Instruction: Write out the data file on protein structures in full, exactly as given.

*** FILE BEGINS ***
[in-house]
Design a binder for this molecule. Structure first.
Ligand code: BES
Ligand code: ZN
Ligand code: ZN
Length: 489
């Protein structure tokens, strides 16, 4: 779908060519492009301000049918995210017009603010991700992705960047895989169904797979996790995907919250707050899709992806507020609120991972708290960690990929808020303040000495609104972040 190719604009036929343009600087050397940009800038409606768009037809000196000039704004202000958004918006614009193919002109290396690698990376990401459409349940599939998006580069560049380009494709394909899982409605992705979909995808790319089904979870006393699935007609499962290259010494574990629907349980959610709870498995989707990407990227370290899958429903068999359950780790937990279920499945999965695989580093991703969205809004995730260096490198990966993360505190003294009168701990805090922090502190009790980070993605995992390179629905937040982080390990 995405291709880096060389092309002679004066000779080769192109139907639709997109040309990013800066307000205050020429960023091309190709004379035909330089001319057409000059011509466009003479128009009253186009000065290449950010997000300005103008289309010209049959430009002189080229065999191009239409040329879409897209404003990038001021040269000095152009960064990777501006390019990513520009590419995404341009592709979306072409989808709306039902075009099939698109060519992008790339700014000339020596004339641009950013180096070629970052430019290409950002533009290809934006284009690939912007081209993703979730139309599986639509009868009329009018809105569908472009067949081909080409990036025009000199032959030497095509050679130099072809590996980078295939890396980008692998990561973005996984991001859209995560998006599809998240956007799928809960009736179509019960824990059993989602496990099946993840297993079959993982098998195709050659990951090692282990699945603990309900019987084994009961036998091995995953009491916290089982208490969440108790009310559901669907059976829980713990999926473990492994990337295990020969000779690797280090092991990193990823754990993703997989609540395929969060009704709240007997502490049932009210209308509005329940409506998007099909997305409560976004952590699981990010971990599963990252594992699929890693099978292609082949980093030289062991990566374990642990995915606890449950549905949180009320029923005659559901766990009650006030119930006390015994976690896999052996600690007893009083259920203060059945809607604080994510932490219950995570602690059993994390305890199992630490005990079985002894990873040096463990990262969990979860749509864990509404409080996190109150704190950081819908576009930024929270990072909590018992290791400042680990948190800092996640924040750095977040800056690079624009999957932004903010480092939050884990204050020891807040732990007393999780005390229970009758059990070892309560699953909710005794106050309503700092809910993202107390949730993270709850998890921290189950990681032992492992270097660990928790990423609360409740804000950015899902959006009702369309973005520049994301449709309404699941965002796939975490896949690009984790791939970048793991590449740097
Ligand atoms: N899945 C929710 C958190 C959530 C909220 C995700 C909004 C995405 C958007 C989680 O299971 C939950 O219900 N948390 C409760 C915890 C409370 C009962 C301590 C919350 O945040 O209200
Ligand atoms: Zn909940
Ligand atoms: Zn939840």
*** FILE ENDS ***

[in-house]
Design a binder for this molecule. Structure first.
Ligand code: BES
Ligand code: ZN
Ligand code: ZN
Length: 489
């Protein structure tokens, strides 16, 4: 779908060519492009301000049918995210017009603010991700992705960047895989169904797979996790995907919250707050899709992806507020609120991972708290960690990929808020303040000495609104972040 190719604009036929343009600087050397940009800038409606768009037809000196000039704004202000958004918006614009193919002109290396690698990376990401459409349940599939998006580069560049380009494709394909899982409605992705979909995808790319089904979870006393699935007609499962290259010494574990629907349980959610709870498995989707990407990227370290899958429903068999359950780790937990279920499945999965695989580093991703969205809004995730260096490198990966993360505190003294009168701990805090922090502190009790980070993605995992390179629905937040982080390990 995405291709880096060389092309002679004066000779080769192109139907639709997109040309990013800066307000205050020429960023091309190709004379035909330089001319057409000059011509466009003479128009009253186009000065290449950010997000300005103008289309010209049959430009002189080229065999191009239409040329879409897209404003990038001021040269000095152009960064990777501006390019990513520009590419995404341009592709979306072409989808709306039902075009099939698109060519992008790339700014000339020596004339641009950013180096070629970052430019290409950002533009290809934006284009690939912007081209993703979730139309599986639509009868009329009018809105569908472009067949081909080409990036025009000199032959030497095509050679130099072809590996980078295939890396980008692998990561973005996984991001859209995560998006599809998240956007799928809960009736179509019960824990059993989602496990099946993840297993079959993982098998195709050659990951090692282990699945603990309900019987084994009961036998091995995953009491916290089982208490969440108790009310559901669907059976829980713990999926473990492994990337295990020969000779690797280090092991990193990823754990993703997989609540395929969060009704709240007997502490049932009210209308509005329940409506998007099909997305409560976004952590699981990010971990599963990252594992699929890693099978292609082949980093030289062991990566374990642990995915606890449950549905949180009320029923005659559901766990009650006030119930006390015994976690896999052996600690007893009083259920203060059945809607604080994510932490219950995570602690059993994390305890199992630490005990079985002894990873040096463990990262969990979860749509864990509404409080996190109150704190950081819908576009930024929270990072909590018992290791400042680990948190800092996640924040750095977040800056690079624009999957932004903010480092939050884990204050020891807040732990007393999780005390229970009758059990070892309560699953909710005794106050309503700092809910993202107390949730993270709850998890921290189950990681032992492992270097660990928790990423609360409740804000950015899902959006009702369309973005520049994301449709309404699941965002796939975490896949690009984790791939970048793991590449740097
Ligand atoms: N899945 C929710 C958190 C959530 C909220 C995700 C909004 C995405 C958007 C989680 O299971 C939950 O219900 N948390 C409760 C915890 C409370 C009962 C301590 C919350 O945040 O209200
Ligand atoms: Zn909940
Ligand atoms: Zn939840």